For my flight this week, I spent ample time researching how safe it was to fly—reading about virus spread in enclosed spaces, HEPA filters, and airline policies on leaving empty seats between passengers. We called the airline to ask about that last one. Their response: We will try to keep a seat between you and others, but if the flight is booked up, we can’t guarantee it. Hoping to reduce that chance, my mom booked us all Economy Plus seats. A few days after making our reservations, I saw the viral picture of a packed United flight, which cranked my anxiety up a few more notches.
Little as we wanted to fly, we had to: I’m moving out of my apartment, and my mom and her husband are relocating to their home in the New York City area. So we decided we would pack our masks and do what we could to stay safe.
I prepare for other passengers to not be wearing masks and to brutally judge them for it. But I learn quickly there’s an even bigger issue: Not everyone working for organizations with COVID-19 safety policies is following them, starting with our Lyft driver who takes us to the airport. He’s not wearing a mask, a violation of the company’s standards.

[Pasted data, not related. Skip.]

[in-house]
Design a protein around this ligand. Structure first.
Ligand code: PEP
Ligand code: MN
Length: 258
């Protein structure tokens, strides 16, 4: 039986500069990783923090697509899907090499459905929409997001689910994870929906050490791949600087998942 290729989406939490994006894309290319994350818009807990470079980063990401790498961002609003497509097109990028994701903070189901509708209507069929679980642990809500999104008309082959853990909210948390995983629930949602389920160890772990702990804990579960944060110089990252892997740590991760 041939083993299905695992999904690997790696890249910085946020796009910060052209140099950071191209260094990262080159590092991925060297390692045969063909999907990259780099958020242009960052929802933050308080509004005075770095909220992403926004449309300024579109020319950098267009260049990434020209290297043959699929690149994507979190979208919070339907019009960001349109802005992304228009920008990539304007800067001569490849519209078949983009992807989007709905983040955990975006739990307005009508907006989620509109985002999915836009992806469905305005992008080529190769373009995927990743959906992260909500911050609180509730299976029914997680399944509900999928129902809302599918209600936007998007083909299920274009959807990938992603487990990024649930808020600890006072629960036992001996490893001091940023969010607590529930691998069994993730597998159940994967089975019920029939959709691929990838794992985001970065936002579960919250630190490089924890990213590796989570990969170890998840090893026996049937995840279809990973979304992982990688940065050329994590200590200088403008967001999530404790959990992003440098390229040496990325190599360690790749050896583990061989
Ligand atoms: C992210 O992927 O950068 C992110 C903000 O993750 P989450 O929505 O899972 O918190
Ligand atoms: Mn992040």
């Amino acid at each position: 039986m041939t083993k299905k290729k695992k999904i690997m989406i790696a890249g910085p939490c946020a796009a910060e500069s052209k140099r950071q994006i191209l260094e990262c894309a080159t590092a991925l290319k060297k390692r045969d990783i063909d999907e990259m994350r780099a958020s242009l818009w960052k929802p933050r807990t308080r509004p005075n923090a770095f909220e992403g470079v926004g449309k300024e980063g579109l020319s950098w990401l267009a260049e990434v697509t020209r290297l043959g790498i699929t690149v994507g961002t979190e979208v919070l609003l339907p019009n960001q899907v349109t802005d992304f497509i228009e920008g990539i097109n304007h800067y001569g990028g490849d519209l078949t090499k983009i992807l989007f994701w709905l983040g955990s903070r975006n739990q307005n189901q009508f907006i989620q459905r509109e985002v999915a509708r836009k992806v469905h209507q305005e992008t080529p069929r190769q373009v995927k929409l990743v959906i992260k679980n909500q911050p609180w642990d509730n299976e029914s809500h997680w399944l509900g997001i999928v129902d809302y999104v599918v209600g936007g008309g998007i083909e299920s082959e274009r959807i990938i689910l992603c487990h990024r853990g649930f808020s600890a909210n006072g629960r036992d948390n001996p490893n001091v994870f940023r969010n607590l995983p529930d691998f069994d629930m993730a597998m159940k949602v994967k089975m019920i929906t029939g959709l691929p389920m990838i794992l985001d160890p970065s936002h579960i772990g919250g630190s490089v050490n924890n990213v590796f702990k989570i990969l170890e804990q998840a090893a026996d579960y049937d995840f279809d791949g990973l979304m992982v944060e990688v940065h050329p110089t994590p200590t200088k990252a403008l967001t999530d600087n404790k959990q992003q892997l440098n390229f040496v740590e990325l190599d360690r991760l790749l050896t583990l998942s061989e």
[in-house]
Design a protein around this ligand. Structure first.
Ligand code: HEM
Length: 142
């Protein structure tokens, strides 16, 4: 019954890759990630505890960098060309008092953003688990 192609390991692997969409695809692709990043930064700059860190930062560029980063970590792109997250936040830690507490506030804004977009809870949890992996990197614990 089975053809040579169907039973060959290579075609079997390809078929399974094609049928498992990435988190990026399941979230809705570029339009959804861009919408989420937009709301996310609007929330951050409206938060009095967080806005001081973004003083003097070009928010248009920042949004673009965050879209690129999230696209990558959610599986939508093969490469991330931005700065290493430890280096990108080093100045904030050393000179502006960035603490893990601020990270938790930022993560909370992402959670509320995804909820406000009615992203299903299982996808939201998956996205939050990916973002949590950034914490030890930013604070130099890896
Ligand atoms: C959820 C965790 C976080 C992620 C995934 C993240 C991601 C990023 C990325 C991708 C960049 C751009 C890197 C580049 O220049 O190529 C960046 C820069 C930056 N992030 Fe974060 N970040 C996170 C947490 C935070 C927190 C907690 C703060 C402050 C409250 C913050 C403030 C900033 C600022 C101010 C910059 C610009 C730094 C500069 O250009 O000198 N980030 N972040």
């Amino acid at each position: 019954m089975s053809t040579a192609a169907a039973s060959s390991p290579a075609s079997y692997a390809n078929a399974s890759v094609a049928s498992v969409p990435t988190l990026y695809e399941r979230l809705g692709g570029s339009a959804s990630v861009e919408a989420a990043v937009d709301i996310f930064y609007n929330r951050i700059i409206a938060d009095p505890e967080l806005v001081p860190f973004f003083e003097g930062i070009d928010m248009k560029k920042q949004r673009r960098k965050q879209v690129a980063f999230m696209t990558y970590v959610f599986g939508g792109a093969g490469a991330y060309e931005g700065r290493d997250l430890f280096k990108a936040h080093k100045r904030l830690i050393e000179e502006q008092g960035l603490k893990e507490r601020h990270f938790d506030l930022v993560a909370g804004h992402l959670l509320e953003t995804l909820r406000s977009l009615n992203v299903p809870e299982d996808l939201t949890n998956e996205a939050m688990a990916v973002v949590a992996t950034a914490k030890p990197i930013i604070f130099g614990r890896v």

By the time we pull up to the departures terminal, I’m angry, but I resolve not to say anything, to avoid making a scene. As the driver tries to help us unload our baggage—normally a kind gesture—I aggressively motion for him to stay back from us. He smiles awkwardly and steps away in surprise. I walk away feeling sad and unsure if I overreacted.
Entering the terminal, we find two unmasked United workers at baggage check. As my mom checks her bag, I ask one employee what United’s policy is regarding their employees wearing masks.
“We have to, but my shift is over, and I’m leaving,” she responds.
“I understand. And what about him?” I ask, pointing to the man checking my mom’s suitcase.
“You don’t have to wear one if there’s a shield between you and the customer.”
He is behind a shield, but he has to move to the side of it to weigh my mom’s bag and say something to her.
Once my mom’s bag is checked, we walk through a mostly empty terminal toward security. A woman stands at the entrance of TGI Fridays asking people if they want to come in for lunch, like a shop owner at a flea market. The Bubble presented by Coca-Cola, an open and very red lounge, is as empty as its name suggests. I feel more like I’m walking through a New Jersey shopping mall on a Monday afternoon than one of the most highly trafficked airports in the country.